The U.S. Senate unanimously approved a measure on Tuesday that would make Daylight Saving Time permanent across the United States next year. The so-called “Sunshine Protection Act,” would ensure Americans won’t have to change their clocks twice a year. But the bill still needs approval from the House, and the signature of President Joe Biden, to become law.
“No more switching clocks, more daylight hours to spend outside after school and after work, and more smiles—that is what we get with permanent Daylight Saving Time,” says Senator Ed Markey, the original cosponsor of the legislation.
Senators from both parties joined Markey on the chamber floor as they made the case for how making Daylight Saving Time (DST) permanent would have positive effects on public health and the economy and even cut energy consumption.
“Changing the clock twice a year is outdated and unnecessary,” Republican Senator Rick Scott of Florida says.
“I’ve said it before and I’ll say it again: Americans want more sunshine and less depression—people in this country, all the way from Seattle to Miami, want the Sunshine Protection Act,” comments Senator Patty Murray of Washington.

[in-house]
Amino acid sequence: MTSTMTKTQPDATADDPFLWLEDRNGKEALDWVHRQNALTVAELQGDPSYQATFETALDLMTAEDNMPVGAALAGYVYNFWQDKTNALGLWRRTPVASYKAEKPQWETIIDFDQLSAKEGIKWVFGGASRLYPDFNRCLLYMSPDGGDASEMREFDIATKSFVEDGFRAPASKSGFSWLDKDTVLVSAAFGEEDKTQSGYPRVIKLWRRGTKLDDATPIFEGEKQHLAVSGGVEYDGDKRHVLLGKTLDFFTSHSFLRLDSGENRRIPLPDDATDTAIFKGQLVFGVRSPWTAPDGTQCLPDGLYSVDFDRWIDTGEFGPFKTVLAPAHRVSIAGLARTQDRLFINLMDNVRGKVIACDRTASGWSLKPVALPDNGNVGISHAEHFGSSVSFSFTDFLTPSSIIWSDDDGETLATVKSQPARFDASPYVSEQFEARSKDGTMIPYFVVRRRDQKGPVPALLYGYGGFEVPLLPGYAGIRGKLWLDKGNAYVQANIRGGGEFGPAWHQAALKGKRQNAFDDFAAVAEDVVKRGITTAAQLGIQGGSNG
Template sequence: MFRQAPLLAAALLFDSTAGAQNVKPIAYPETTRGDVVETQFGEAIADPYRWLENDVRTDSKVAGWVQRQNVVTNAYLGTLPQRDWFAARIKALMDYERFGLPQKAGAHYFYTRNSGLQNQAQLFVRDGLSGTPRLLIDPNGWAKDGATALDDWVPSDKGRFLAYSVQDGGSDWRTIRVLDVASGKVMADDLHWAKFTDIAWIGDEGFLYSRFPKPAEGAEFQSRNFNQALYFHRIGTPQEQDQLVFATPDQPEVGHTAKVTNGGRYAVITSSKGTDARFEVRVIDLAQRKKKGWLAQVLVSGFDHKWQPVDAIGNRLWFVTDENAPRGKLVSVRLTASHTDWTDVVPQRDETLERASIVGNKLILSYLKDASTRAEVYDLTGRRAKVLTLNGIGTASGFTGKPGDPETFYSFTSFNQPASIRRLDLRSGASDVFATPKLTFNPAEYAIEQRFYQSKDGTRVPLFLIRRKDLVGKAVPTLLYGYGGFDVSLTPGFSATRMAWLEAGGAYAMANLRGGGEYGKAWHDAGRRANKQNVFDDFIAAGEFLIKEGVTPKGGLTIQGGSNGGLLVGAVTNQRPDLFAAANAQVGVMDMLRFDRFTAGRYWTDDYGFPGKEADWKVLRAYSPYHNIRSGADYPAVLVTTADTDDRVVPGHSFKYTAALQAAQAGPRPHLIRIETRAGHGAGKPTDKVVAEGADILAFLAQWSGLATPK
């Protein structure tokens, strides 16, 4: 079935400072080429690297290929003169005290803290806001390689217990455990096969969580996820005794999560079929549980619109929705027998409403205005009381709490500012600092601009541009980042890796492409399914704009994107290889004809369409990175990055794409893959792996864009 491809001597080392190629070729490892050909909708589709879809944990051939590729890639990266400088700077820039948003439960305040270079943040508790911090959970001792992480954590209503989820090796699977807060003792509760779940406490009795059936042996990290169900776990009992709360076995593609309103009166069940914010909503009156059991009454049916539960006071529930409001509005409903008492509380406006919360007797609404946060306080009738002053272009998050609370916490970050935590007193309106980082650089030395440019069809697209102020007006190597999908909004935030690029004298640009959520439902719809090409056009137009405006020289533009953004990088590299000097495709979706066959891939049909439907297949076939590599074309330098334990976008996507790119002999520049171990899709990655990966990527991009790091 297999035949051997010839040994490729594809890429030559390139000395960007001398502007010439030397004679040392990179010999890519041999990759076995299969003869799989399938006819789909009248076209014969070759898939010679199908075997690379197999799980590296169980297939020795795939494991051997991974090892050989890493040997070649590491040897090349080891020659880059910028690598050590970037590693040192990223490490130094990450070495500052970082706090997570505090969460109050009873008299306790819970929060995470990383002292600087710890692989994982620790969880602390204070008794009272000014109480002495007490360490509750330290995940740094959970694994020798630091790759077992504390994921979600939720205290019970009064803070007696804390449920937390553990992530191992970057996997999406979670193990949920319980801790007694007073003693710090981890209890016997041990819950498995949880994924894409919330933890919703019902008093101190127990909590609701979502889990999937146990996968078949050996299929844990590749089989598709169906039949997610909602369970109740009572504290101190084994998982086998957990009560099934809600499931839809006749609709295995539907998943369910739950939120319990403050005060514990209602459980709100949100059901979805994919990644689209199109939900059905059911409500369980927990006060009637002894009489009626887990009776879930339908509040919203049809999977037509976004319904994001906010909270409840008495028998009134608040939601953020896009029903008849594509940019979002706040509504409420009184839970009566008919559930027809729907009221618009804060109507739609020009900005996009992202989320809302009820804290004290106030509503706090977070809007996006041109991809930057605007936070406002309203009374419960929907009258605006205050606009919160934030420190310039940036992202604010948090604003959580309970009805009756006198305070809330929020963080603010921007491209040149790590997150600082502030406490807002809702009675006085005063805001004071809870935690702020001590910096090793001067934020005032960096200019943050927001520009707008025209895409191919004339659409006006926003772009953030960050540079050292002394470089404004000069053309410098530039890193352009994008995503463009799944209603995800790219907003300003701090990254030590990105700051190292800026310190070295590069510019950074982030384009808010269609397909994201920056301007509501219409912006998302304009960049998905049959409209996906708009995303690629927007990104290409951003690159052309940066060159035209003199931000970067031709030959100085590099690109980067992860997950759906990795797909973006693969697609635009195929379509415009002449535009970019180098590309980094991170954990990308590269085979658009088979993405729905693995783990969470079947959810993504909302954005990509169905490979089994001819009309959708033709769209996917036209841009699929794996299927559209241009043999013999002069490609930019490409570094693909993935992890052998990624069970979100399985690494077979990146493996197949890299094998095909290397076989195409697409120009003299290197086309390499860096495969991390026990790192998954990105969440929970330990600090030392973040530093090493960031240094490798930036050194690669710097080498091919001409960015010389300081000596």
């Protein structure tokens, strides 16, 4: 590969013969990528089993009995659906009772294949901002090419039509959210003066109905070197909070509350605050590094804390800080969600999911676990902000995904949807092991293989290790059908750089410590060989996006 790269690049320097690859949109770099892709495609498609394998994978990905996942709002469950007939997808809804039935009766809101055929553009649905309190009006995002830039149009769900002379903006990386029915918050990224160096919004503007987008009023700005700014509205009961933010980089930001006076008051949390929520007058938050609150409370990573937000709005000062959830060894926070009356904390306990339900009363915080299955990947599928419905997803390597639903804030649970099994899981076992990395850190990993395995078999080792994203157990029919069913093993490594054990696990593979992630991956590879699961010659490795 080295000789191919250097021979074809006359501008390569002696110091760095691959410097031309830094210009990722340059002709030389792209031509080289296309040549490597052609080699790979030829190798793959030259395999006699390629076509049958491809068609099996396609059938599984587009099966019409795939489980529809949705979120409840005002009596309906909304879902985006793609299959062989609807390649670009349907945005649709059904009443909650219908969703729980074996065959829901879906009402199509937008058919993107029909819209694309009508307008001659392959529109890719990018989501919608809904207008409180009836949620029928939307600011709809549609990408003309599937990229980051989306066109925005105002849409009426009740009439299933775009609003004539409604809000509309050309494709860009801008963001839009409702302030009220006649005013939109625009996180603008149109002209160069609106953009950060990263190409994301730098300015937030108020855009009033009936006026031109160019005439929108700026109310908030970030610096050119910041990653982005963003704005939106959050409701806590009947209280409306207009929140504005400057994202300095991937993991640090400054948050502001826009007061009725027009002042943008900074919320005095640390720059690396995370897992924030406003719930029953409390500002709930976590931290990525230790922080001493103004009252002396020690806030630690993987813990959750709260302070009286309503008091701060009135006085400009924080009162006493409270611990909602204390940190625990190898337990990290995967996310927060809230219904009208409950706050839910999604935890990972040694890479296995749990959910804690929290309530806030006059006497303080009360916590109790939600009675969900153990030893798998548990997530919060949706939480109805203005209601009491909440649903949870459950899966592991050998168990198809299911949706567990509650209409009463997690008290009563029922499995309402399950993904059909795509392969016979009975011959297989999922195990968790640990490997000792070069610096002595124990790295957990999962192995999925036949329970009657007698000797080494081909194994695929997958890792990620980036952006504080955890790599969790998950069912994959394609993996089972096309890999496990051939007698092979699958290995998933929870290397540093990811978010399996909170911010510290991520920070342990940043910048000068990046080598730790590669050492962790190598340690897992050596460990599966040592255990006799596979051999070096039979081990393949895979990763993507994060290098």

Nearly a dozen states across the United States have already standardized DST.
Daylight saving time is a period between spring and fall when clocks in most parts of the country are set one hour ahead of standard time. The United States has officially observed DST since 1918.
Americans last changed their clocks on Sunday, March 13. This year, DST will last until November 6.
Members of Congress have long been interested in the potential benefits and costs of DST since it was first adopted as a wartime measure in 1942. The proposal will now go to the House, where the Energy and Commerce Committee had a hearing to discuss possible legislation last week.
Representative Frank Pallone, the chairman of the committee, agrees that it is “time we stop changing our clocks.” But he says he is undecided about whether Daylight Saving Time or Standard time is the way to go.
Markey used a clever play on words—and maybe a little snark—when he said, “I call on my colleagues in the House of Representatives to lighten up and swiftly pass the Sunshine Protection Act.”
Let there be lights in the expanse of the heavens to separate the day from the night. And let them be for signs and for seasons, and for days and years. — Genesis 1:14
(Sunlight shines on the U.S. Capitol dome on Capitol Hill in Washington, D.C., on February 21, 2022. AP/Patrick Semansky)